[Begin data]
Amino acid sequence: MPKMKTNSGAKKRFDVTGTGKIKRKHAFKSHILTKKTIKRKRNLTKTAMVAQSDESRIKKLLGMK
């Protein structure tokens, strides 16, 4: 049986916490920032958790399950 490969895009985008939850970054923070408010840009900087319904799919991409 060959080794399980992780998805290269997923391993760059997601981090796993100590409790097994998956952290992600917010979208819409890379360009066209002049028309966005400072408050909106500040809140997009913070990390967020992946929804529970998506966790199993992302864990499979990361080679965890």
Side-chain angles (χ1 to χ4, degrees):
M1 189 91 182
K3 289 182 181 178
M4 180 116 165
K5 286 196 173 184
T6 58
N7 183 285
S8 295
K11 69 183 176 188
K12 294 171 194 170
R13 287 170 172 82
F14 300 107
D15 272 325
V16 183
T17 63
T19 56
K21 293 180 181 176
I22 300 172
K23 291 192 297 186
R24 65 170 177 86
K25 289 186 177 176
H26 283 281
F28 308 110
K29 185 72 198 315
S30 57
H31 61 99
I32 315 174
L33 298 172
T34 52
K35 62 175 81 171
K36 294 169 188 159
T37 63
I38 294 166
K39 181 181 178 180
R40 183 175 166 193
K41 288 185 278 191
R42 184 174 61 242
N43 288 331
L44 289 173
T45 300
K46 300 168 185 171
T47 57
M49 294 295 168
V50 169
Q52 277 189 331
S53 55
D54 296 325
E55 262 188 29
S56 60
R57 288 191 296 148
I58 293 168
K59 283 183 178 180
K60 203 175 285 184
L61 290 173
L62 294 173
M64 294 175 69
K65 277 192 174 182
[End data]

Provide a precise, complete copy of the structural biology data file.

Amino acid sequence: MPKMKTNSGAKKRFDVTGTGKIKRKHAFKSHILTKKTIKRKRNLTKTAMVAQSDESRIKKLLGMK
């Protein structure tokens, strides 16, 4: 049986916490920032958790399950 490969895009985008939850970054923070408010840009900087319904799919991409 060959080794399980992780998805290269997923391993760059997601981090796993100590409790097994998956952290992600917010979208819409890379360009066209002049028309966005400072408050909106500040809140997009913070990390967020992946929804529970998506966790199993992302864990499979990361080679965890």
Side-chain angles (χ1 to χ4, degrees):
M1 189 91 182
K3 289 182 181 178
M4 180 116 165
K5 286 196 173 184
T6 58
N7 183 285
S8 295
K11 69 183 176 188
K12 294 171 194 170
R13 287 170 172 82
F14 300 107
D15 272 325
V16 183
T17 63
T19 56
K21 293 180 181 176
I22 300 172
K23 291 192 297 186
R24 65 170 177 86
K25 289 186 177 176
H26 283 281
F28 308 110
K29 185 72 198 315
S30 57
H31 61 99
I32 315 174
L33 298 172
T34 52
K35 62 175 81 171
K36 294 169 188 159
T37 63
I38 294 166
K39 181 181 178 180
R40 183 175 166 193
K41 288 185 278 191
R42 184 174 61 242
N43 288 331
L44 289 173
T45 300
K46 300 168 185 171
T47 57
M49 294 295 168
V50 169
Q52 277 189 331
S53 55
D54 296 325
E55 262 188 29
S56 60
R57 288 191 296 148
I58 293 168
K59 283 183 178 180
K60 203 175 285 184
L61 290 173
L62 294 173
M64 294 175 69
K65 277 192 174 182